We use our hands for everything. From eating to writing and typing, our hands are a huge part of everyday life, productivity, and independence. Pathologies affecting hand function are therefore detrimental in more ways than one. Carpal Tunnel Syndrome (CTS) is one such pathology. Individuals suffering from CTS find it hard to carry out everyday tasks and live with chronic pain.
CTS and the Wrist
The carpal tunnel is a narrow passageway within the wrist. The carpal (or “wrist”) bones make up the base of this tunnel and the transverse carpal ligament makes up its roof. The tunnel provides a passageway for tendons involved in finger movement and for the median nerve. This nerve negotiates movement and sensation for much of the hand including the palm and fingers
Carpal tunnel syndrome (CTS) occurs when the carpal tunnel becomes narrow and exerts pressure, pinching the median nerve. Narrowing may be due to inflammation or swelling of structures within the carpal tunnel and proximal to it. Injuries and medical conditions that compromise circulation may also be a cause. Pressure on the median nerve leads to many uncomfortable symptoms including pain, numbness, tingling, and weakness. If left untreated, these symptoms get progressively worse and may cause irreparable damage.
Risk Factors that Contribute to CTS
Narrow Wrists: Carpal tunnel syndrome is caused by a narrow passageway. It will come as no surprise that individuals who already have narrow wrists are more susceptible.
Wrist Injuries: the Previous injury to the wrist could have led to narrowing from scar tissue build-up or and alteration of the position of internal structures.
Repetitive Motions: Repetitive use of the wrist for specific motions leads to gradual wear-and-tear and inflammation. While these motions may not pose a problem in the short-run, they can lead to significant damage and narrowing if ignored.
Rheumatoid Arthritis (RA): RA involves inflammation of joint structures due to an autoimmune response. Inflammation to areas of the wrist can narrow the carpal tunnel and lead to long-term damage to surrounding structures as well as structures within.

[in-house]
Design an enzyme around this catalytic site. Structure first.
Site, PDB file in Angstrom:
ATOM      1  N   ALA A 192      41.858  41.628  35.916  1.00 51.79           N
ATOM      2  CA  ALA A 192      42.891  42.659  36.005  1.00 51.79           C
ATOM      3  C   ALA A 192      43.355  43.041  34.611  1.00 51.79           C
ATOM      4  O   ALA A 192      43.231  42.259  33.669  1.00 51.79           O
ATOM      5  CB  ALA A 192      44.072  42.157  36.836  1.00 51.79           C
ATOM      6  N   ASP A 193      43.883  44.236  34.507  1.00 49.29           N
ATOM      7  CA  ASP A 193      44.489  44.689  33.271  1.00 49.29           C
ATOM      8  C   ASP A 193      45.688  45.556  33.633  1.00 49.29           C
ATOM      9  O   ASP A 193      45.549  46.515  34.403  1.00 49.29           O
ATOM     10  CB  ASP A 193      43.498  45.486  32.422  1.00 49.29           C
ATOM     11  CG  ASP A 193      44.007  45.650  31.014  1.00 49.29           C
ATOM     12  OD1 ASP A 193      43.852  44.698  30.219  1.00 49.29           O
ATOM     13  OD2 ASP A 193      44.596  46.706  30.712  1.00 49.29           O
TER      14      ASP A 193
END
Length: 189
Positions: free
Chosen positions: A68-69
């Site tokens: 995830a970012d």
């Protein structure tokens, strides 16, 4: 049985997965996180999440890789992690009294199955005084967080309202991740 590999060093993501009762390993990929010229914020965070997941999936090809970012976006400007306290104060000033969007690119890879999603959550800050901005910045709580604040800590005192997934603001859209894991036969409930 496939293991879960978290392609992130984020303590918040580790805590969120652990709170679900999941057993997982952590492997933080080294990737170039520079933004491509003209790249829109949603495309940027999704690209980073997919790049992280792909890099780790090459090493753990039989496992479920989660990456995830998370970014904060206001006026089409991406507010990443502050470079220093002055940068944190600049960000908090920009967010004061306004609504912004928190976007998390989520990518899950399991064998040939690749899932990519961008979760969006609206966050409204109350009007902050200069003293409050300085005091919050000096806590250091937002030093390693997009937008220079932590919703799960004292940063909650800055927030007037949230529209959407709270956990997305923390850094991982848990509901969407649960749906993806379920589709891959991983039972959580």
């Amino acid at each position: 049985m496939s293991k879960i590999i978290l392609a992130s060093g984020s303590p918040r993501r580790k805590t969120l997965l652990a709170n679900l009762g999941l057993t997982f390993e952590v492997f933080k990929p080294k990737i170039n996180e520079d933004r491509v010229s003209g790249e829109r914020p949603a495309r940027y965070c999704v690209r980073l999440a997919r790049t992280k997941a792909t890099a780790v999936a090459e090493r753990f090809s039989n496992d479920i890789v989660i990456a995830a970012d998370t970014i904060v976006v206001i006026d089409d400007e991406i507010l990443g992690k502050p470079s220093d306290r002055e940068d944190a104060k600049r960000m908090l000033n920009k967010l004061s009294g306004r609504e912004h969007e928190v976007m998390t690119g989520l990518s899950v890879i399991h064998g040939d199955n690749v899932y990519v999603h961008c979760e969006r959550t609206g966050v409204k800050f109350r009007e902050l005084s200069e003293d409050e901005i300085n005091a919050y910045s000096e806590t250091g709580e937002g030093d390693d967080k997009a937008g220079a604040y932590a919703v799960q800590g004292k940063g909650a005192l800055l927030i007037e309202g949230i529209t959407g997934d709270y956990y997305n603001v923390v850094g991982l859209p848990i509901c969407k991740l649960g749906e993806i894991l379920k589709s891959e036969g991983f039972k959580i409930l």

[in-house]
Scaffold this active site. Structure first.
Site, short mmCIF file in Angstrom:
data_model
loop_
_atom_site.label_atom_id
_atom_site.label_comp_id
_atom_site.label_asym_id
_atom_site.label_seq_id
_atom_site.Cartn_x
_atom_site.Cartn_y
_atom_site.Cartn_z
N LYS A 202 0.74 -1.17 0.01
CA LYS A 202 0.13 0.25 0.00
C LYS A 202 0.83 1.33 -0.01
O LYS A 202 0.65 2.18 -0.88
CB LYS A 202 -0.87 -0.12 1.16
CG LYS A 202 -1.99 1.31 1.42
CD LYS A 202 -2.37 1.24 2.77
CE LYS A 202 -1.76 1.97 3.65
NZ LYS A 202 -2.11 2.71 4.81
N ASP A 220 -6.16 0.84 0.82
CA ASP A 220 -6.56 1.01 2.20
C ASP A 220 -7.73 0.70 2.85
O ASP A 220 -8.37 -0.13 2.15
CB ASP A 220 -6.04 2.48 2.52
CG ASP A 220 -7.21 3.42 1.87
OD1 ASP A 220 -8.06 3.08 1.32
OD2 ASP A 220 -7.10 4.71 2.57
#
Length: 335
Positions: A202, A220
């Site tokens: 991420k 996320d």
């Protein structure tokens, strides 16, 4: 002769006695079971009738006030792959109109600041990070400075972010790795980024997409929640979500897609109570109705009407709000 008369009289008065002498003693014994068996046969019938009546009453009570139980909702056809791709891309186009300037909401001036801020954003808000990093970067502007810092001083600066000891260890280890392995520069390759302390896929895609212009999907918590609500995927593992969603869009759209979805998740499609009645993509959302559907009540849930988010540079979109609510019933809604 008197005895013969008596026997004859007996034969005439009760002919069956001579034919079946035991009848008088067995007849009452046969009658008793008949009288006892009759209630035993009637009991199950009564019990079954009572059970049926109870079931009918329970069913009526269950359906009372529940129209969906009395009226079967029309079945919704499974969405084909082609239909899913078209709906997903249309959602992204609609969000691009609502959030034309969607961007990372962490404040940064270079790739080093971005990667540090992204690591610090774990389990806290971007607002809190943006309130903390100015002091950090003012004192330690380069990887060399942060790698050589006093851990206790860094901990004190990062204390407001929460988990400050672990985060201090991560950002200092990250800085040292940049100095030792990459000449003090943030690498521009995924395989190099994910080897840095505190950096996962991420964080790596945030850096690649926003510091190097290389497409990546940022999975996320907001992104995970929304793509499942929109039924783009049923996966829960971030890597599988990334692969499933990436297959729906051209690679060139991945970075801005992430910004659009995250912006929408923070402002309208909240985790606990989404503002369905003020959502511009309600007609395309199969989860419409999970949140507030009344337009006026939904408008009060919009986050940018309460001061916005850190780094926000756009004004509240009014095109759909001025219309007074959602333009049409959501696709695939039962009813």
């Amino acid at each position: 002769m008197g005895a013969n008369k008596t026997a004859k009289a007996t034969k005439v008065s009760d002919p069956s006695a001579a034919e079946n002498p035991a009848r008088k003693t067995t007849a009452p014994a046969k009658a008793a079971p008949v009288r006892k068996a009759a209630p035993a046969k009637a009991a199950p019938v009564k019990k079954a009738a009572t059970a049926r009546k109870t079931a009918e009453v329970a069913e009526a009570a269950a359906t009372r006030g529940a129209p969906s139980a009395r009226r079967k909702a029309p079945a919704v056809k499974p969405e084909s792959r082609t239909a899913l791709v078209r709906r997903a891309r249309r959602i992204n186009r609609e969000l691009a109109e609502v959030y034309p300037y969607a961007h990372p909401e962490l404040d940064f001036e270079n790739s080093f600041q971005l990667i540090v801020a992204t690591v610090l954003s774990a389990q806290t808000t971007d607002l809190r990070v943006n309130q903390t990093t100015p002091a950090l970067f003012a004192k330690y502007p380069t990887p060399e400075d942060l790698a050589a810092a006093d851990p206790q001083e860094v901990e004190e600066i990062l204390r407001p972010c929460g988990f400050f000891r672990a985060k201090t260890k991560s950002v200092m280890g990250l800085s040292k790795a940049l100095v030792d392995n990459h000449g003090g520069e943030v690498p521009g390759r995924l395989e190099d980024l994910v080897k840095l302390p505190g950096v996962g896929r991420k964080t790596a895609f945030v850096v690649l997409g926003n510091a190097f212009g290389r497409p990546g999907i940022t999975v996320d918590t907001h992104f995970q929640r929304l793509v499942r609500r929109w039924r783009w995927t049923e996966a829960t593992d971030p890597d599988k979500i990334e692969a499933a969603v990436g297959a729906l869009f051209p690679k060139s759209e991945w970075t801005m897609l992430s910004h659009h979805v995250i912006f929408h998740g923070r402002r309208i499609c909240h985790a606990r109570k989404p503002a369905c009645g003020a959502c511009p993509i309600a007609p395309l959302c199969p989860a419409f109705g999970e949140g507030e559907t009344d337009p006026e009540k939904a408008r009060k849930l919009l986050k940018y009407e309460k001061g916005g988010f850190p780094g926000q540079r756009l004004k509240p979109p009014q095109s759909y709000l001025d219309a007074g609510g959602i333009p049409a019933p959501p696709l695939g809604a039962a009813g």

Poor Circulation: Poor circulation can limit the movement of fluid in and out of tissues surrounding the wrist. Circulation problems also pose a risk of hypertension, obesity, hypothyroidism, and diabetes.
Treatment for carpal tunnel syndrome may vary with severity and cause. If CTS is mild to moderate, treatment may involve the use of a brace to keep wrists in a neutral position to aid in the discontinuation of detrimental movements. A shot of corticosteroids and NSAIDS may also be given to help with inflammation.
If the source of the narrowing involves damage and weakness of surrounding soft tissue structures, prolotherapy may be an option. Prolotherapy injections are known to repair and tighten injured soft tissues, associated pain, and may even repair nerve damage.
Alternative treatments to lower inflammation and improve nerve response are also an option. This may include physical therapy for wrist and hand use, lymphatic massage to reduce swelling, and acupuncture treatments for inflammation and pain symptoms.
- Burt, Susan, et al. “Prevalence and Incidence of Carpal Tunnel Syndrome in US Working Populations: Pooled Analysis of Six Prospective Studies.” Scandinavian Journal of Work, Environment & Health, 2013, https://www.academia.edu/14633062/Prevalence_and_incidence_of_carpal_tunnel_syndrome_in_US_working_populations_pooled_analysis_of_six_prospective_studies.
- Malahias, Michael Alexander, et al. “Single Injection of Platelet-Rich Plasma as a Novel Treatment of Carpal Tunnel Syndrome.” Neural Regeneration Research, Medknow Publications & Media Pvt Ltd, Nov. 2015, https://www.ncbi.nlm.nih.gov/pmc/articles/PMC4705801/.